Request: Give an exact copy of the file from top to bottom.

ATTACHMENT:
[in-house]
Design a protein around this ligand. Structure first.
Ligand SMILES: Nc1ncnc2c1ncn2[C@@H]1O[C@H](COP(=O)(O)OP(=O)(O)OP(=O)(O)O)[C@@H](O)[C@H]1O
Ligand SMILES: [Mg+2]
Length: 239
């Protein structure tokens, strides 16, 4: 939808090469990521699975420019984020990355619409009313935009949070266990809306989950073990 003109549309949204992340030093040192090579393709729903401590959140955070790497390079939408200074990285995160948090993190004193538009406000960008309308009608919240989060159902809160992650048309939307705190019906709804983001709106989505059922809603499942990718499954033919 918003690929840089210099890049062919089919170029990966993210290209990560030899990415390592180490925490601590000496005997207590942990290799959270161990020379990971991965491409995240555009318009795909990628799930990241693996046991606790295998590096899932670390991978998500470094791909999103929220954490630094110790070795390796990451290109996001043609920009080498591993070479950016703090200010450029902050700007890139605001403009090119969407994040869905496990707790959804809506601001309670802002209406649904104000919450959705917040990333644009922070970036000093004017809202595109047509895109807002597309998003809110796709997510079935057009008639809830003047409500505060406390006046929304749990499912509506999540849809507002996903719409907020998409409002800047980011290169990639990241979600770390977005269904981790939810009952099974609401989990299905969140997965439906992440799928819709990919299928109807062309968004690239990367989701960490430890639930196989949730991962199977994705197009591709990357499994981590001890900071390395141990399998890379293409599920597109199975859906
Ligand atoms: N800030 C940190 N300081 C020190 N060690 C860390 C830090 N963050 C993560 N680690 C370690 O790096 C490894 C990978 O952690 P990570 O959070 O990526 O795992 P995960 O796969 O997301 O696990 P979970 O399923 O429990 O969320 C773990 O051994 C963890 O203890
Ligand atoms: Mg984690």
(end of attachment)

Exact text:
[in-house]
Design a protein around this ligand. Structure first.
Ligand SMILES: Nc1ncnc2c1ncn2[C@@H]1O[C@H](COP(=O)(O)OP(=O)(O)OP(=O)(O)O)[C@@H](O)[C@H]1O
Ligand SMILES: [Mg+2]
Length: 239
């Protein structure tokens, strides 16, 4: 939808090469990521699975420019984020990355619409009313935009949070266990809306989950073990 003109549309949204992340030093040192090579393709729903401590959140955070790497390079939408200074990285995160948090993190004193538009406000960008309308009608919240989060159902809160992650048309939307705190019906709804983001709106989505059922809603499942990718499954033919 918003690929840089210099890049062919089919170029990966993210290209990560030899990415390592180490925490601590000496005997207590942990290799959270161990020379990971991965491409995240555009318009795909990628799930990241693996046991606790295998590096899932670390991978998500470094791909999103929220954490630094110790070795390796990451290109996001043609920009080498591993070479950016703090200010450029902050700007890139605001403009090119969407994040869905496990707790959804809506601001309670802002209406649904104000919450959705917040990333644009922070970036000093004017809202595109047509895109807002597309998003809110796709997510079935057009008639809830003047409500505060406390006046929304749990499912509506999540849809507002996903719409907020998409409002800047980011290169990639990241979600770390977005269904981790939810009952099974609401989990299905969140997965439906992440799928819709990919299928109807062309968004690239990367989701960490430890639930196989949730991962199977994705197009591709990357499994981590001890900071390395141990399998890379293409599920597109199975859906
Ligand atoms: N800030 C940190 N300081 C020190 N060690 C860390 C830090 N963050 C993560 N680690 C370690 O790096 C490894 C990978 O952690 P990570 O959070 O990526 O795992 P995960 O796969 O997301 O696990 P979970 O399923 O429990 O969320 C773990 O051994 C963890 O203890
Ligand atoms: Mg984690």